Tours to Ghana, the land of the ancient kingdoms in Africa
A must for our tours to Africa is a visit to the land of the ancient kingdoms, Ghana. TransAfrica will make you enjoy a pleasant adventure between the Ashanti kingdom, the kingdom of gold and the multitude of landscapes that can be found by exploring the country.
Ghana overlooks the Gulf of Guinea, between the Ivory Coast and Togo, and extends from the coast to the steppe plain of the hinterland, which widens towards the east, while to the west it is covered by lush rainforest vegetation. Continuing north, green hills turn into savannah until it changes again, on the border with Burkina Faso, in the arid Sahel. To the east the Akwapim hills continue to the north along the border with Togo. The Volta Nero and Volta Bianco rivers flow into Ghana from the north, flowing into the large basin of Lake Volta. On the coast we find the castles of the slave trade of Elmina and Cape Coast, surrounded by fishing villages; to the north the traditional populations, the Lobi and the Gurunsi, with their fortified houses.
Tours to Ghana among the Ashanti people
The history of Ghana is strongly characterized by the greatness of the Ashanti empire, which reached its peak in the late seventeenth century. The capital of the empire, Kumasi, at that time became one of the most beautiful and avant-garde cities in Africa: a good number of Europeans lived there as administrators and consultants. The social organization of the Ashanti focuses on the figure of Ashantehene, the king. An unforgettable experience to live with TransAfrica is the participation in a typical Ashanti funeral, attended by the deceased’s family, friends and acquaintances wearing their traditional dress: a large red or black cloth worn like a toga. The feast of Akwasidae is also very suggestive and celebrates the beginning of the month according to the traditional calendar.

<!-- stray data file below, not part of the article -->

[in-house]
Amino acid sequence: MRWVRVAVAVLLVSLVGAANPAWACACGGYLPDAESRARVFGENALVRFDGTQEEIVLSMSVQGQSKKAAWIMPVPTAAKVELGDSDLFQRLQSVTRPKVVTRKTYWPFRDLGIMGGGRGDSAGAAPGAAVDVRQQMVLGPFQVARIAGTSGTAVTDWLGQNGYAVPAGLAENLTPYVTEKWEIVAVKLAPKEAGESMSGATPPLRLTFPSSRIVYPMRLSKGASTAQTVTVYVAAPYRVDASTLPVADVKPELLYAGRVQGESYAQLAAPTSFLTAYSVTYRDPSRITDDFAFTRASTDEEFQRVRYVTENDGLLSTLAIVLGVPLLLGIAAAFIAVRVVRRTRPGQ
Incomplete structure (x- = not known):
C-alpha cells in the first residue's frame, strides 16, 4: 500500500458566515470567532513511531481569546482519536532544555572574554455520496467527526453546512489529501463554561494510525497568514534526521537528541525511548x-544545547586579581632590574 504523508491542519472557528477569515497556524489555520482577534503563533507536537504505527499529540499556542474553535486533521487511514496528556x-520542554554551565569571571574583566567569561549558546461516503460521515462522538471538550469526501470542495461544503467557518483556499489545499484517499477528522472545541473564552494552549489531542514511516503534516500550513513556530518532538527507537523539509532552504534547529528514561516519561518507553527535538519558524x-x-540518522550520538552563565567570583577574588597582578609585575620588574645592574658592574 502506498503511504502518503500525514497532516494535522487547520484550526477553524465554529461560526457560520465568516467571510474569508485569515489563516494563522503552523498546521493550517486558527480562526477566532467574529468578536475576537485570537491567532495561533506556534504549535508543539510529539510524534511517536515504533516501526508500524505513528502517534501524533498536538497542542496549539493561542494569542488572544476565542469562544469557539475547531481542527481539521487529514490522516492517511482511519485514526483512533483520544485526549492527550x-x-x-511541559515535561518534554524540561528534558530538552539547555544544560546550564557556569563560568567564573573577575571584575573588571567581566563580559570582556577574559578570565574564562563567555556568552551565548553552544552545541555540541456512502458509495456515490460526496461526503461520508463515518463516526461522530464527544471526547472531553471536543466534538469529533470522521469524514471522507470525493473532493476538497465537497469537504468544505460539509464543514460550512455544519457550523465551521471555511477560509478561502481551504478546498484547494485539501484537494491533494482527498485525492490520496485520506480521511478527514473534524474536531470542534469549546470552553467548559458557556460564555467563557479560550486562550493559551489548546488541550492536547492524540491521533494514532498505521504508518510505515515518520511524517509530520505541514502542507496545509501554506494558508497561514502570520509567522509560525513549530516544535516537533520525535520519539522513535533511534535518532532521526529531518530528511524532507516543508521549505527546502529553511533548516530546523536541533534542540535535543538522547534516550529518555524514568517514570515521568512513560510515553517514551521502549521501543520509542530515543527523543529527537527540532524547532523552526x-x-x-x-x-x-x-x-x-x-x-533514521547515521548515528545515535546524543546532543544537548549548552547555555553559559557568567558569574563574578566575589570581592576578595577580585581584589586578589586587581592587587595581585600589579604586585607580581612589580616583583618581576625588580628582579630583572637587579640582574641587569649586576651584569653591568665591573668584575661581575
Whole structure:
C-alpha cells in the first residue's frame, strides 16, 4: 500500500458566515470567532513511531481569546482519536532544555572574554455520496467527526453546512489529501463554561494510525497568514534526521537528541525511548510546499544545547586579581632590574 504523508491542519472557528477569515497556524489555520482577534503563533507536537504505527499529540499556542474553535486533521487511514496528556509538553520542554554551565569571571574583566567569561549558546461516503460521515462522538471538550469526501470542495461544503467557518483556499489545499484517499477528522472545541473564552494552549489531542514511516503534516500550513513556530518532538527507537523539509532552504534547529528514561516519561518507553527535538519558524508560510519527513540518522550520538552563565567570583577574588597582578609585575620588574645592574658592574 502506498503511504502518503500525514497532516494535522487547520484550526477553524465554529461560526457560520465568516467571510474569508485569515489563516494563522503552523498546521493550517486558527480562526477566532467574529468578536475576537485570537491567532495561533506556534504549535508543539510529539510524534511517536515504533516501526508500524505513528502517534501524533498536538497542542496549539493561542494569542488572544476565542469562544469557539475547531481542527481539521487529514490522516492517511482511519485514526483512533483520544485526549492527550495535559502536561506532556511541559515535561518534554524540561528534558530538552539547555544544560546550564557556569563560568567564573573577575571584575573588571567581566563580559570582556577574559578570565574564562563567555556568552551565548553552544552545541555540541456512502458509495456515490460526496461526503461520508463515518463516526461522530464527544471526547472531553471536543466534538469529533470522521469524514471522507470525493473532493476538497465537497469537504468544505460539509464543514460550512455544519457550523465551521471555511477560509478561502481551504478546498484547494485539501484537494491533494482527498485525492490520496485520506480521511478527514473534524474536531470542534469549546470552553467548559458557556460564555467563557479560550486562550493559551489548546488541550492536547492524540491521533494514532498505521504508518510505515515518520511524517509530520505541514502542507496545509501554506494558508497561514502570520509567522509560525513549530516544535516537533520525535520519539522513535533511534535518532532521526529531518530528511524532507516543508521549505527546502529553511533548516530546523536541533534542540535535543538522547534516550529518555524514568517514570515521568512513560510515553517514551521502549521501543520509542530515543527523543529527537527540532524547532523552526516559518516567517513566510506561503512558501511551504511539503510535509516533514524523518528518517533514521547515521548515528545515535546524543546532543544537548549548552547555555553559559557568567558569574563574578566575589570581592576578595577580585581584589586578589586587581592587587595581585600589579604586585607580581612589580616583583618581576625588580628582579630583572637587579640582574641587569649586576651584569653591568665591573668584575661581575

Colonialism and its heritage
The European presence in Ghana, which dates back to the mid-fifteenth century, when the Portuguese first arrived there, is still visible from the many colonial forts, used as deposits and boarding points for gold, ivory and unfortunately also for slaves: reason why this land was called the Gold Coast and only became a British colony in the late 19th century after the fall of the last Ashanti resistance. Ghana was also the first African nation to achieve independence in 1957.
Ghana retains ancient castles and forts which were used during the slave trade as deposits for the slaves themselves and other wares. Cape Coast Castle, built in the 16th century, and later renovated and enlarged, served as the base for the British administration of the Gold Coast until 1877. A little further to the west is Elmina Castle, the first Portuguese settlement in Ghana dating back to the second half of the fifteenth century, now transformed into a small museum after a skilful restoration and main testimony to the horrors of the slave trade. The region is inhabited by infantrymen who share common origins with the Ashanti: both come from the same ethnic group as the Akan.
The ethnic groups living in Ghana are many and often also very different from each other, the whole region is one of the most interesting and fascinating not only in West Africa, but in Africa in general. Travel to Africa with TransAfrica allows you to approach all these people, listen to their languages, get to know their cultures to appreciate their diversity, sometimes getting closer to what we have now forgotten.